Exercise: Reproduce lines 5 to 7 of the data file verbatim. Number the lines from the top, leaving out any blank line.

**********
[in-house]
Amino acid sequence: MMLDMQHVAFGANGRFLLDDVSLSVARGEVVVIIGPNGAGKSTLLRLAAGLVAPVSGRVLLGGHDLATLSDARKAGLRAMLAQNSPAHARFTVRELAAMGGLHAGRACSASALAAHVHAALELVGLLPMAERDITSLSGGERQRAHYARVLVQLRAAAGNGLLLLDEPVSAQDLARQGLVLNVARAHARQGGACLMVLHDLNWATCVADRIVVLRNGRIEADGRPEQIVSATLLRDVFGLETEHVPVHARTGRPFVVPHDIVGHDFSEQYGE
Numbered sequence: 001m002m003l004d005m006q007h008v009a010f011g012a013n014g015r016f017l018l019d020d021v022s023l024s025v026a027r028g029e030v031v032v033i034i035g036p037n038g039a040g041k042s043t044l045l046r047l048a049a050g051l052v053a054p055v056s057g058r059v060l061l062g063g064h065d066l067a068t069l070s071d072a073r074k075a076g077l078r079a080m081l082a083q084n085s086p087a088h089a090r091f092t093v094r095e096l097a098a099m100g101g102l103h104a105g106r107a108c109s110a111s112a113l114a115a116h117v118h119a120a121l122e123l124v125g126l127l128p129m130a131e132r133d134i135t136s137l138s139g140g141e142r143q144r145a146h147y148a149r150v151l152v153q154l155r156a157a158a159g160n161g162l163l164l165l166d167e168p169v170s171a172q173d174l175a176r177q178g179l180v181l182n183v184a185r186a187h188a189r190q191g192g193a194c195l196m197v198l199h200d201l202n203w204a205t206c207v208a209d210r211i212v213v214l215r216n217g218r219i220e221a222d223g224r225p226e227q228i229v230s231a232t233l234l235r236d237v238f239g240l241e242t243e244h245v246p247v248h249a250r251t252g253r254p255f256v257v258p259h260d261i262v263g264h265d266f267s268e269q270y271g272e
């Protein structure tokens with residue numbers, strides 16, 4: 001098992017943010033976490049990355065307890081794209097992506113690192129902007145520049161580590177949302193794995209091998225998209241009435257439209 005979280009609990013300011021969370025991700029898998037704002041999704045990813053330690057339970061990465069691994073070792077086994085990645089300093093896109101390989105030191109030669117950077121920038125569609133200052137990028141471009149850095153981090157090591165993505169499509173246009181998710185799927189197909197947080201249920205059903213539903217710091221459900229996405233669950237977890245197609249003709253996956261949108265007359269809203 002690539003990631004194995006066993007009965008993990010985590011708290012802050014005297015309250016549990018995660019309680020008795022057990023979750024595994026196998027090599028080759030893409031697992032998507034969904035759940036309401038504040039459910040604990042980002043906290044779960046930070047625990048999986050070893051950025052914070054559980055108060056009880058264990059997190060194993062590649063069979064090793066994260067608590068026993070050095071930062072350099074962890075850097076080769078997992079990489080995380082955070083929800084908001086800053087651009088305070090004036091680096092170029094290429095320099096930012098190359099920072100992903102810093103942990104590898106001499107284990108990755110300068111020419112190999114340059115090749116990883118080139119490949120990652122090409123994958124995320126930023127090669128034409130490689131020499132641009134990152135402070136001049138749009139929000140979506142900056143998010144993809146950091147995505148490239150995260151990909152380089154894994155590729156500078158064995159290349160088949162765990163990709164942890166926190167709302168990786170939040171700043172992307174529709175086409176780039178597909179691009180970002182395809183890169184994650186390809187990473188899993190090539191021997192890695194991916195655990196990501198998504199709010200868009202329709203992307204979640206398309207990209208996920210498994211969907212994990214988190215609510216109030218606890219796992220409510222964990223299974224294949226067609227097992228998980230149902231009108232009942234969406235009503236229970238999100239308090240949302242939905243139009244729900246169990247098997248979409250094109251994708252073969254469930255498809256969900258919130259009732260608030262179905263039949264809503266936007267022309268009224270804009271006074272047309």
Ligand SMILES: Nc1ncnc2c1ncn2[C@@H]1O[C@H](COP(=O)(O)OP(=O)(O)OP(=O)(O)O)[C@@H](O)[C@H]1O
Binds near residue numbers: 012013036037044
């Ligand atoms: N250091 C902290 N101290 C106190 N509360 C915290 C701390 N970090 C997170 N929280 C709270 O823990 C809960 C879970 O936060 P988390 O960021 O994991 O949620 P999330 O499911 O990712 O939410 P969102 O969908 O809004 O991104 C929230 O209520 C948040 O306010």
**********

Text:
Ligand SMILES: Nc1ncnc2c1ncn2[C@@H]1O[C@H](COP(=O)(O)OP(=O)(O)OP(=O)(O)O)[C@@H](O)[C@H]1O
Binds near residue numbers: 012013036037044
């Ligand atoms: N250091 C902290 N101290 C106190 N509360 C915290 C701390 N970090 C997170 N929280 C709270 O823990 C809960 C879970 O936060 P988390 O960021 O994991 O949620 P999330 O499911 O990712 O939410 P969102 O969908 O809004 O991104 C929230 O209520 C948040 O306010």